Examples:

  • Apricot, nectarine, peach, and plum trees are all classified as having low-water use in Sonoma and Marin counties. Consult local nurseries for available types and specific growing requirements.
  • Carolina laurel cherry (P. caroliniana, 20-30’ x 15-20’) is an upright, evergreen shrub from North Carolina to Texas where it grows as an understory plant. Its small, white flowers in spring are followed by small black fruit. P. c. ‘Compacta’ (10-15’ x 6-8’) is a popular smaller form.
  • Hollyleaf cherry (P. ilicifolia, 10-25’ x 10-25’) is an evergreen shrub from central California to Baja California. Creamy white flowers in narrow spikes in late spring to early summer are followed by fruits that attract many species of birds. Can be used as a hedge or screen, as well as for erosion control.
  • Catalina cherry (P. ilicifolia spp. Lyonii, 30-45’ x 20-30’) is native to the Channel Islands.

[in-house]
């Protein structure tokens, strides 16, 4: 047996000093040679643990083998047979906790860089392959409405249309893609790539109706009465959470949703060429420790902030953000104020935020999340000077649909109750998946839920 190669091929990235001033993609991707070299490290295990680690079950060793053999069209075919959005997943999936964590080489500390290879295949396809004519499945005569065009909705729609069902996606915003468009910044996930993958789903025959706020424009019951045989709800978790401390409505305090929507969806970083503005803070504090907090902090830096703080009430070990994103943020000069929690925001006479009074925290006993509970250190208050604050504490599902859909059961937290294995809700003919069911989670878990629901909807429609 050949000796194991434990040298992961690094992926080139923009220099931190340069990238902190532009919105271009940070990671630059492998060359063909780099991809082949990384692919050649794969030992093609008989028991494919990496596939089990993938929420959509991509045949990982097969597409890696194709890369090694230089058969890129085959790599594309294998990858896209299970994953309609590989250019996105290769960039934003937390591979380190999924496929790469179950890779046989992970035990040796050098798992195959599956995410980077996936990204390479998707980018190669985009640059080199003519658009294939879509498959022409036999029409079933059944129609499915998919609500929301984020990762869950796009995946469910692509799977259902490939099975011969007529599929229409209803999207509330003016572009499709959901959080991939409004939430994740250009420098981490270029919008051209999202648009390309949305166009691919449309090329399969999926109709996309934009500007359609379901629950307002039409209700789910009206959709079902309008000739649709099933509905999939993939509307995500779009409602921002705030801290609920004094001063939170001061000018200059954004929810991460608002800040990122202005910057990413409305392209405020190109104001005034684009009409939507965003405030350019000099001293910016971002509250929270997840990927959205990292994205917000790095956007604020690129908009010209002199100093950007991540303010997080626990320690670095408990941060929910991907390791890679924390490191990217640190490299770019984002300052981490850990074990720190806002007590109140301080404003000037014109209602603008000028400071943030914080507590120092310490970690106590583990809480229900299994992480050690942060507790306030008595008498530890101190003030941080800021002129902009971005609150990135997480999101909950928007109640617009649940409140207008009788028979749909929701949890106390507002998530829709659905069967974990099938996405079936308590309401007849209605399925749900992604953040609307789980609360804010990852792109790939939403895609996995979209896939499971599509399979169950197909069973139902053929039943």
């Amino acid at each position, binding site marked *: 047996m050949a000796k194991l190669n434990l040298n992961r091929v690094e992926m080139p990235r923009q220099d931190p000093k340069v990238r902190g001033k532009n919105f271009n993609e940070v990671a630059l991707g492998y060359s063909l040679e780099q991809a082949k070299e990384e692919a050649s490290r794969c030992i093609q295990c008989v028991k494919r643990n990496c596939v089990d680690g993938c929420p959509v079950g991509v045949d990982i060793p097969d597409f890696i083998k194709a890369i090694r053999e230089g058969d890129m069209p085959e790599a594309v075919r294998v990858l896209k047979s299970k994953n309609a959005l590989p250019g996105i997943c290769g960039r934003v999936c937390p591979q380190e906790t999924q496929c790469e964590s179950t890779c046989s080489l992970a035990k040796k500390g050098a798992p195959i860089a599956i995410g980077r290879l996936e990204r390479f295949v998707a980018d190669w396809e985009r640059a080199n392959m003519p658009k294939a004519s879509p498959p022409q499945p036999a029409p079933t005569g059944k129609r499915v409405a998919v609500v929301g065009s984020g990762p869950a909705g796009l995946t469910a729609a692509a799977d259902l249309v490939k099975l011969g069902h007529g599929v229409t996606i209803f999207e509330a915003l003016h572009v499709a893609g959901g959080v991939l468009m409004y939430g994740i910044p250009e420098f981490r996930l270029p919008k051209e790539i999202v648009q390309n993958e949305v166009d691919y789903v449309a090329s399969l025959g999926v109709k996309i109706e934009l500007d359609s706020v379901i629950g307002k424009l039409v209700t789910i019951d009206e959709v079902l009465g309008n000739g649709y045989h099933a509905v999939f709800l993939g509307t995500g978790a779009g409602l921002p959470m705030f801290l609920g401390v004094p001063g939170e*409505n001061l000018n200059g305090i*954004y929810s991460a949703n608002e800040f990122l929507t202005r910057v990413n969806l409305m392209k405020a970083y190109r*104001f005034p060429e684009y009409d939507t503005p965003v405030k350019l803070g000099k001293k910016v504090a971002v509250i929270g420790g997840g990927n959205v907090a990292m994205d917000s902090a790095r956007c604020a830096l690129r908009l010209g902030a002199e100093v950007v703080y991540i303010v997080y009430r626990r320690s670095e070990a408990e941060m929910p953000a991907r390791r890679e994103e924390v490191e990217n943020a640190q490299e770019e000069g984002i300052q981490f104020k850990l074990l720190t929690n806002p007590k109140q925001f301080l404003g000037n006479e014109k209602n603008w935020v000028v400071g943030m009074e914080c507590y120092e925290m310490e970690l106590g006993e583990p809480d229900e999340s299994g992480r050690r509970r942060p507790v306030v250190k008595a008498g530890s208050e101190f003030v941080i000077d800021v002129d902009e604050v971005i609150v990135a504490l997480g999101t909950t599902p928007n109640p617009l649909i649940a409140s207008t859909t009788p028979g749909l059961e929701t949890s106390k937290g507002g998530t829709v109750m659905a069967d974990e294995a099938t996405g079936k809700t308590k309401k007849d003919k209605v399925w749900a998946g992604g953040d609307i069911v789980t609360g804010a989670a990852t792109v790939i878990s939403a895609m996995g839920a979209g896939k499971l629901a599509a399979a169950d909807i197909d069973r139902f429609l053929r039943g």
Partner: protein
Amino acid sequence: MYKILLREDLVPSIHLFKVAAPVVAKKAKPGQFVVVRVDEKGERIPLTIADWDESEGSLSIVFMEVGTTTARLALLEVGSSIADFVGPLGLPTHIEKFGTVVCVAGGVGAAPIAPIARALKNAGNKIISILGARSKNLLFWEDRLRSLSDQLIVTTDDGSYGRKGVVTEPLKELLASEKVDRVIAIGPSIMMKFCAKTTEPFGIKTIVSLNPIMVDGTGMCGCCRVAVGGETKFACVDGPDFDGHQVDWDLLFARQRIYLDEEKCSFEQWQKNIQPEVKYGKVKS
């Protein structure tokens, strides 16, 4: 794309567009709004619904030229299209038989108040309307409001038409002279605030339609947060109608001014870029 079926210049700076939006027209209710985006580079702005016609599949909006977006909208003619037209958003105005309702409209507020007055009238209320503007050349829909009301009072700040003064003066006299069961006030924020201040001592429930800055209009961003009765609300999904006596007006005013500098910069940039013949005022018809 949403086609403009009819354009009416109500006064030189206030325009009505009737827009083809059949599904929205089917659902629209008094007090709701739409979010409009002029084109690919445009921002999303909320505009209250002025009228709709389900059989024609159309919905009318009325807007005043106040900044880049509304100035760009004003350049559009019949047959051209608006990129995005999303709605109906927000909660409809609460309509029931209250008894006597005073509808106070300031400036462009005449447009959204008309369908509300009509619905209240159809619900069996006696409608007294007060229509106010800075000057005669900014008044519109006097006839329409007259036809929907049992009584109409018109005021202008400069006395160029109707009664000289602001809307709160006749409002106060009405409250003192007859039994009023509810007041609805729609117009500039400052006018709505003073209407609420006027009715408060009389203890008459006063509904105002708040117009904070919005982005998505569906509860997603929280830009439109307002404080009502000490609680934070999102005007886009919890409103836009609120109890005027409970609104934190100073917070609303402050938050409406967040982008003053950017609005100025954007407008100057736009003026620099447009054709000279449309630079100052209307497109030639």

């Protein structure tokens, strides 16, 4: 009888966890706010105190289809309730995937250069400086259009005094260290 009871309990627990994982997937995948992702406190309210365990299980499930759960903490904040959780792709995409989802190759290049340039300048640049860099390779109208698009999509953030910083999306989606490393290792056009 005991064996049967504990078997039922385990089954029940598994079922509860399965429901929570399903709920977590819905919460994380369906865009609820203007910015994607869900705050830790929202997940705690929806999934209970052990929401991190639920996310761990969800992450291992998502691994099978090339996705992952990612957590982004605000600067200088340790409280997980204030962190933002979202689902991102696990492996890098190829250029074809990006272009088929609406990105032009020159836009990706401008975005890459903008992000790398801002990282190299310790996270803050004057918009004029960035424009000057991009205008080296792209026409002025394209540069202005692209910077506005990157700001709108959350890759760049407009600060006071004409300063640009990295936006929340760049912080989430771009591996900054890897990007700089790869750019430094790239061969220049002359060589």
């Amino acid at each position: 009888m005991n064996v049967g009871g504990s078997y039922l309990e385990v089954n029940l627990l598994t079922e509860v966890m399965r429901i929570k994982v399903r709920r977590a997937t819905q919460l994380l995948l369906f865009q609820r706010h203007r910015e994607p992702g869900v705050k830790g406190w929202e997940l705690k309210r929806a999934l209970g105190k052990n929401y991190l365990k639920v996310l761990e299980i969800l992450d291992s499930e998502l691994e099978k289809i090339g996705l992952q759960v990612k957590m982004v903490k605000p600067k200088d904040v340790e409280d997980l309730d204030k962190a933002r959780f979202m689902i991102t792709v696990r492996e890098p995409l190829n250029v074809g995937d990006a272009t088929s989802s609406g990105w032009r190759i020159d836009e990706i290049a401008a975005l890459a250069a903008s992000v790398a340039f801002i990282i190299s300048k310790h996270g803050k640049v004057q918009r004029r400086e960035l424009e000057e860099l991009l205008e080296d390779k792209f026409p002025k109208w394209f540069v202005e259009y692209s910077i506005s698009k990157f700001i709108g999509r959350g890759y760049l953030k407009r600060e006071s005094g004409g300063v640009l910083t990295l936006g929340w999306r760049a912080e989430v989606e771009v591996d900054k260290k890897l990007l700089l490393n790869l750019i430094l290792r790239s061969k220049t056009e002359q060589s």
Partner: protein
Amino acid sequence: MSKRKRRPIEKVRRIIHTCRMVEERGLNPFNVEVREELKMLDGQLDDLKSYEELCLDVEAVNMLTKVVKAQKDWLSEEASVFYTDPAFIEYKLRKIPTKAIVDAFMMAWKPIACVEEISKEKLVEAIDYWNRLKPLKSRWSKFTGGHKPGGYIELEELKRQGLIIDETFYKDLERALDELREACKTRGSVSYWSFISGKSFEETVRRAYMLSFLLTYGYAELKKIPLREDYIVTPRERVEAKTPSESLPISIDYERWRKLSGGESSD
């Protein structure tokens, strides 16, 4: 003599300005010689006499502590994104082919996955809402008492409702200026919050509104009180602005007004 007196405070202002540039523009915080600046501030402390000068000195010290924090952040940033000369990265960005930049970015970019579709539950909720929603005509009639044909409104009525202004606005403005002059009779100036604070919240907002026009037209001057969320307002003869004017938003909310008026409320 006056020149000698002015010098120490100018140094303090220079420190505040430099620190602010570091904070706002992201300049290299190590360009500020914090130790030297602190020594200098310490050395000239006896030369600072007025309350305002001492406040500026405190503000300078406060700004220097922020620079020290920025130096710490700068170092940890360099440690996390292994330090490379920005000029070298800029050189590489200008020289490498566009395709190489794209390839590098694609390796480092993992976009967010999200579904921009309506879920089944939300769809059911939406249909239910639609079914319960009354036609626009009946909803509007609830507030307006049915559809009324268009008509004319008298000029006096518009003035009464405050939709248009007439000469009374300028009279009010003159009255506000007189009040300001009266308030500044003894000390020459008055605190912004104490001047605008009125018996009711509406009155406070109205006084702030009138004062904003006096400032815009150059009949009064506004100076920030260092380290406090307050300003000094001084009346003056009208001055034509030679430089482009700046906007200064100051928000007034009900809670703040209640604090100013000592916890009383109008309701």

• Water: LowModerate
  • Light: Full Sun
  • Soil: Well Drained
  • Foliage: EvergreenDeciduous
  • Leaf Color: BronzeGreenPurple
  • Flower Color: PinkPurpleRed
  • Blooming Season (s): Spring
  • Fruit Color: OrangePurpleRed
  • Bark Color: Brown
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Catmint - Multiple Varieties

Rather than “More Cowbell” I say “More Catmint”!  I love the beautiful lavender flower spikes (and I have some of the white variety as well, but they don’t seem to grow as large as the lavender)  A midseason cutback brings fresh growth and more blooms, and winter cutback sets them up for new growth in the spring.  Beautiful low to medium height ground cover (depending on variety) and they look beautiful snuggled up to Santa Barbara Daisy  or under wind-shimmering Guara.

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Akebono - Prunus x yedoenisis